The main function of the PM muscle is to adduct and internally rotate the shoulder, although it also participates in flexion through the clavicular head [10]. It is a powerful muscle, highly developed in athletes, and its rupture has been related with anabolic steroid use [7, 9, 11].

The most common mechanism of injury is an indirect trauma, during the eccentric phase of the bench press exercise, when the shoulder is abducted, extended, and externally rotated [2, 3, 12]. In this position, PM disrupts in a predictable sequence, being the most inferior segments of the sternal head the first to fail, due to the relative shorter length and greater lateral attachment angle, which generates bigger tensions. The most superior segments of the sternal head and the clavicular head follow the disruption [10]. This can be observed in our video.

Pochini et al. [13] reported on a rupture of pectoralis major captured on video, occurring between the transition between eccentric and concentric phases during a bench press contest in a powerlifting athlete, who also had an anabolic steroid consumption history. It is probable that steroid use leads to abnormal muscle hypertrophy and tendinopathy [14] and thus rupture happens in concentric phase when lifting extremely high weight.

Diagnosis is based on a compatible history and physical examination [3, 15, 16]. Findings as pain in the medial side of the upper arm, swelling and ecchymosis, asymmetry, and weakness with adduction and internal rotation are common, but the most useful sign is the absence of the anterior axillary fold evidenced by resisted adduction or passive abduction of the affected arm [12].

Simple X-rays must be taken to rule out the infrequent cases of bony avulsion. MRI is the preferred imaging technique to determine rupture extension and localization [15]. US requires a more experienced operator, although it can be used if the diagnosis is not clear or when there is an unacceptable delay to MRI [12].

Nowadays the classification system proposed by ElMaraghy and Devereaux [1] is the most complete one. It includes injury timing, acute versus chronic; location, muscle, tendon, bony, avulsion; and extension, width and thickness.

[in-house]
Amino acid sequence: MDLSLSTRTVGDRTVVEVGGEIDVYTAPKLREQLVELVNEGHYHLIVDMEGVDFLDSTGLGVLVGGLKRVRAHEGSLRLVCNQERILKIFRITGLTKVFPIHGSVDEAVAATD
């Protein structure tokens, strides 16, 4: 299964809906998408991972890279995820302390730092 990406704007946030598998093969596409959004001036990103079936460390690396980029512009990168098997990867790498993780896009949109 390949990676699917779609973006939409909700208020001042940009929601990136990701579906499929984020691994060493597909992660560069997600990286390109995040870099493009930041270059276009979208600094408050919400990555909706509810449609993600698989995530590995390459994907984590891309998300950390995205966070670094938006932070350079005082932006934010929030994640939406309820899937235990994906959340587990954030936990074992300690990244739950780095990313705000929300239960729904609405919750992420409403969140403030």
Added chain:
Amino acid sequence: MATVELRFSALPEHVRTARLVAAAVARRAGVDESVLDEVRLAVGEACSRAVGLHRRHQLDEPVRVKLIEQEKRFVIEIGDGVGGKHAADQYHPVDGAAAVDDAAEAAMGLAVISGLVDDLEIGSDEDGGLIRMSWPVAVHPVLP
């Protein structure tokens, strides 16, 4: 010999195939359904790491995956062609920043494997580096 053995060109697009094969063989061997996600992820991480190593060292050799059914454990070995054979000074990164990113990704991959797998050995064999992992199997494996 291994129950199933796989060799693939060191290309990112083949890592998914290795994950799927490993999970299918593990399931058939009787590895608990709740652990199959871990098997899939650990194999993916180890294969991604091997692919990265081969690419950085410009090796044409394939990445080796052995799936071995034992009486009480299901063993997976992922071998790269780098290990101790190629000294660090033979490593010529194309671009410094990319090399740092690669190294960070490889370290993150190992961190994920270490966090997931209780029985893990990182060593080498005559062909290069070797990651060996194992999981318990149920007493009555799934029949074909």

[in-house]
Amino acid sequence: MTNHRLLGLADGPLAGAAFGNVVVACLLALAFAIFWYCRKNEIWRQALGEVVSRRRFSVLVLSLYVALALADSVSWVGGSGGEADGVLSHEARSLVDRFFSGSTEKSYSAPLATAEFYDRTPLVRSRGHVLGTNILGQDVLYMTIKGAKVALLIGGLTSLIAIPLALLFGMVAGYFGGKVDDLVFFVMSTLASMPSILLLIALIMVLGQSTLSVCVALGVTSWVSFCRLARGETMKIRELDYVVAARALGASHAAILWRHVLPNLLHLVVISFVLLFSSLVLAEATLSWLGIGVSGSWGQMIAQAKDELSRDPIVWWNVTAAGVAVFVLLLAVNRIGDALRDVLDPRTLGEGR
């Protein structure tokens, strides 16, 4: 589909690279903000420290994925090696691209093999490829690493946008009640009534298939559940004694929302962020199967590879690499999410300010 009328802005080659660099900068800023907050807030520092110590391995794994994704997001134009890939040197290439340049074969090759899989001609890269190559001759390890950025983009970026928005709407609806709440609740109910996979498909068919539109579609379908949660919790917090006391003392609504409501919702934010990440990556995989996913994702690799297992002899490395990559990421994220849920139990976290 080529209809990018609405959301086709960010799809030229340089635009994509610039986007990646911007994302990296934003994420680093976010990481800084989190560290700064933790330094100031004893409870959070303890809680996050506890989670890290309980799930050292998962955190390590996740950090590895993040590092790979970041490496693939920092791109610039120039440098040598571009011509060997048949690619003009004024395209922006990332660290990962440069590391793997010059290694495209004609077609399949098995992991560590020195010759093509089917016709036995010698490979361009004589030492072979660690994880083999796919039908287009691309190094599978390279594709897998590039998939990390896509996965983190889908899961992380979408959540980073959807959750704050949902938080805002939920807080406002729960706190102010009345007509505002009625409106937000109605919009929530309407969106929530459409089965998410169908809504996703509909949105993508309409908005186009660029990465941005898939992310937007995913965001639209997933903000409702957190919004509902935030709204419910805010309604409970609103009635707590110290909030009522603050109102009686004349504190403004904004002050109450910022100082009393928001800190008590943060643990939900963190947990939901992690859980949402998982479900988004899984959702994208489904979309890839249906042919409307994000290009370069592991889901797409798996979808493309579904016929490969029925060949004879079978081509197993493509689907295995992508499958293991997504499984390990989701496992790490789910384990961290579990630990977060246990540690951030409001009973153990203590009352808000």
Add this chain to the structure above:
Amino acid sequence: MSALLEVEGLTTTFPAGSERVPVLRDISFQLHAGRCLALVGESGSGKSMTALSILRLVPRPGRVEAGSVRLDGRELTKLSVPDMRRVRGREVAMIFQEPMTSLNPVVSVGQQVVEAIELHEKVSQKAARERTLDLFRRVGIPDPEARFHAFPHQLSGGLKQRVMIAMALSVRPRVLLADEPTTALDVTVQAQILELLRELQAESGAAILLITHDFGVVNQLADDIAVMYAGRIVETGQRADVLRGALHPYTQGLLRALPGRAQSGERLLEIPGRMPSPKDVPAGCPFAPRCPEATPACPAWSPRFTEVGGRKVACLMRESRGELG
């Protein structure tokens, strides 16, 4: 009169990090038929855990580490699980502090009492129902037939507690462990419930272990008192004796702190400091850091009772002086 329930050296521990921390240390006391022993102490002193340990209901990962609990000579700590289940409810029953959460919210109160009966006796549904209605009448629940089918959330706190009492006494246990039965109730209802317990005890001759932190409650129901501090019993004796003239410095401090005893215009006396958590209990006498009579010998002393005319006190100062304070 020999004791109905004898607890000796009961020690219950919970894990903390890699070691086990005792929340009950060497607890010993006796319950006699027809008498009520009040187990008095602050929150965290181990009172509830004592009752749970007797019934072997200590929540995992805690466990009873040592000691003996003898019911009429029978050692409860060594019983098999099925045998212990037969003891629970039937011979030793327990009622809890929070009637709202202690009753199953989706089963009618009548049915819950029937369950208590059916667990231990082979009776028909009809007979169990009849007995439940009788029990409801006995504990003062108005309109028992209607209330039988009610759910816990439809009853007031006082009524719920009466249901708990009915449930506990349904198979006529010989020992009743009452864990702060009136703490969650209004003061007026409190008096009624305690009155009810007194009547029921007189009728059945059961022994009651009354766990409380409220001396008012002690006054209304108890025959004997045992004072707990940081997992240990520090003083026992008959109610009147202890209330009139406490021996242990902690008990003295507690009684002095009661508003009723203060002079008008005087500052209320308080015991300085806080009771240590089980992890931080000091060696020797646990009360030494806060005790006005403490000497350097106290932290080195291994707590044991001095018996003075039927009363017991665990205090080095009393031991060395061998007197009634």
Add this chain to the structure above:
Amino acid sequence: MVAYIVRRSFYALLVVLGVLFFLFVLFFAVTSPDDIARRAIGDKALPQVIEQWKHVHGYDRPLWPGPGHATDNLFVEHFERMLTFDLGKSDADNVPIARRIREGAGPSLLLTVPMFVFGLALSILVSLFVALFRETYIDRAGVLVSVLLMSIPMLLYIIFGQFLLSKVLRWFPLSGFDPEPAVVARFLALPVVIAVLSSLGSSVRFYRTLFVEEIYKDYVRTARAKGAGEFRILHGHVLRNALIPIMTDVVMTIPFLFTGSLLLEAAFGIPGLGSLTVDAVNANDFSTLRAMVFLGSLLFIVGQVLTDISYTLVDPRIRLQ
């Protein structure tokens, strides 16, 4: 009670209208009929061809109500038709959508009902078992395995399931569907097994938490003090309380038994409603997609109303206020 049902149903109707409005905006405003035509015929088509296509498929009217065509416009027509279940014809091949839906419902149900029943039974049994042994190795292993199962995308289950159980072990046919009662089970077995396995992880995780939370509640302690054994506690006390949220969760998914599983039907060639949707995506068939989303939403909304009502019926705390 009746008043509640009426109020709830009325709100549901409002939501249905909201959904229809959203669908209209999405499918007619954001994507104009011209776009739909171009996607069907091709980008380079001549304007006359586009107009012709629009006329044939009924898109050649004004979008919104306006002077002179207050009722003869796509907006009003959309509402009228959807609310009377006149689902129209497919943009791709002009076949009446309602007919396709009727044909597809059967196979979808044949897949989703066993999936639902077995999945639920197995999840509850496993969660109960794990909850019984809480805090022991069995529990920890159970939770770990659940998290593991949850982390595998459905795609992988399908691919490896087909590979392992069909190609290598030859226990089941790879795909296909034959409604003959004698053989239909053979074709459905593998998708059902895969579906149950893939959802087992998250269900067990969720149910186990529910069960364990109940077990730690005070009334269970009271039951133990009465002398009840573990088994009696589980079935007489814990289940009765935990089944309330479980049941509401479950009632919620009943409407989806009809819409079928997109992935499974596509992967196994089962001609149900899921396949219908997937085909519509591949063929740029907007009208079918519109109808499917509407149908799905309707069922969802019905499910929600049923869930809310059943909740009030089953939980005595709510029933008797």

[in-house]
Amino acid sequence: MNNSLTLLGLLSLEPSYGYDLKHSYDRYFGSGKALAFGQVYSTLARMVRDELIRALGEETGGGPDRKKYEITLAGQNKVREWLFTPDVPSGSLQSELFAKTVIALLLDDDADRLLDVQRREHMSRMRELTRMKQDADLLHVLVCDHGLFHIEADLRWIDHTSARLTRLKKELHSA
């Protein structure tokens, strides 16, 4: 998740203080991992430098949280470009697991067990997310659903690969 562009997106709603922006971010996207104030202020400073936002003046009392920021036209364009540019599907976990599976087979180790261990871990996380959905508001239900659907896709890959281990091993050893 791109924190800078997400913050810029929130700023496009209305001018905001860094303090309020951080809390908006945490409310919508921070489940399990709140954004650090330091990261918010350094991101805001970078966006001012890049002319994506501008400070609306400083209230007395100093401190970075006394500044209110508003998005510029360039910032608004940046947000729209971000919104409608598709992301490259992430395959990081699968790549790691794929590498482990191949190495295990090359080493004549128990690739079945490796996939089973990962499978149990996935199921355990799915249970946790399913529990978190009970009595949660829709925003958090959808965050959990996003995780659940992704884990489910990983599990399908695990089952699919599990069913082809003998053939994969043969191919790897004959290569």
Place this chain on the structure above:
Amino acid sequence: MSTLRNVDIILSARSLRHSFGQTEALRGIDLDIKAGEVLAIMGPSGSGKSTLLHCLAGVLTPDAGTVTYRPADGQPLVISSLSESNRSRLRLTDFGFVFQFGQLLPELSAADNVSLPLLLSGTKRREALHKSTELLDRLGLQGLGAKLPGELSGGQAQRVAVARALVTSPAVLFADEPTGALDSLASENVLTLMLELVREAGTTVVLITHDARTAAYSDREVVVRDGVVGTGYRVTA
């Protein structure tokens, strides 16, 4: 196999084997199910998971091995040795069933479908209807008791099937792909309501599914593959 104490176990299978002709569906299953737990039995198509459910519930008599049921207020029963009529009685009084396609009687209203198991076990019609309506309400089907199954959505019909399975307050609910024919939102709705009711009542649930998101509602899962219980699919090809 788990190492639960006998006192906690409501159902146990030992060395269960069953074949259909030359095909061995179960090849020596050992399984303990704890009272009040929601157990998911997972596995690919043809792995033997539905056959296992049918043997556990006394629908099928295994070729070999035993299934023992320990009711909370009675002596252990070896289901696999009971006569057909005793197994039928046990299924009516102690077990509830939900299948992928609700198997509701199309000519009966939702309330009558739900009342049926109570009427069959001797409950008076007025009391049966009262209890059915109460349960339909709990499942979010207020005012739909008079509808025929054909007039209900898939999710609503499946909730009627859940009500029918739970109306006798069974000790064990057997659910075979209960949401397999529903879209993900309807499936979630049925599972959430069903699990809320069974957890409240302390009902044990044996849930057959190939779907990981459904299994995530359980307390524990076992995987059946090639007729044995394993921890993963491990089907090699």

Treatment options vary, depending on patient and injury type. Factors that must be considered are pain, range of motion, adduction weakness or power decrease, aesthetical defect, occupation, and activity level [2, 7, 11, 17]. Conservative treatment is limited to low-demanding patients and partial-tendon or muscle-fibers ruptures [18]. It consists of immobilization, analgesics, ice, and physiotherapy [12]. A prospective study, level 2 of evidence, stated the poor outcomes of conservative treatment in athletes [19].

Many surgical techniques have been described to repair PM ruptures, including tendon-to-tendon suture, bone trough repair, anchor sutures, transosseous sutures, and tendon reinsertion to clavipectoral fascia [20, 21]. In most cases, direct repair to bone is possible with either a transosseous or a suture-anchor repair [15]. Early surgical treatment has demonstrated better outcomes than conservative [3, 7, 18, 22], especially in active patients [11, 1719, 23]. A meticulous surgical technique and specific rehabilitation programs have been shown to play a more important role in outcomes than a delay in surgery [15, 16, 24, 25]. In case of chronic ruptures, autografts or allografts may be necessary [15]. Surgical complications include infection, heterotopic ossification, injury to the long head of the biceps, neurovascular injuries, and rerupture (0–7.7%) [12]. In an experimental study [26], the majority of failures occurred through the suture used for tendon repair, especially regarding suture-anchor repairs compared with bone trough group.

Postoperatively an individualized rehabilitation protocol is essential. Immediately after surgery, immobilization with sling allowing only shoulder passive motion until the third-fourth week is recommended [22]. Active assisted motion is started between third and sixth weeks, progressing then to active motion [15]. Shoulder is protected from normal life activities for four to six months postoperatively.

4. Conclusions

Pectoralis major ruptures occur more frequently during the eccentric phase of bench press in young male adults because, in this position, the more inferior segments of the muscle are overloaded. Although videos of PM ruptures during eccentric phase can be found, they are not published in recognized medical literature. Our purpose of this paper is to provide access to it to health care professionals as well as bringing a small and helpful review of anatomy, diagnosis, imaging, treatment possibilities, and postoperative management.


Level of evidence is V.

Competing Interests

The authors declare that there are no competing interests regarding the publication of this paper.


The authors thank Teresa Quintano for her technical support with the video editing, Miguel Ángel García García, Juliana Marín Ocampo, Rodrigo Díez Tafur, and Juan Luis Jiménez Alarcón for clinical support, and Francisco Forriol and Luis Moraleda for their extensive reviews.

Supplementary Materials

The following video shows the moment of PM rupture in the eccentric phase of the bench press while lifting 212.5 kg.

  1. Supplementary Material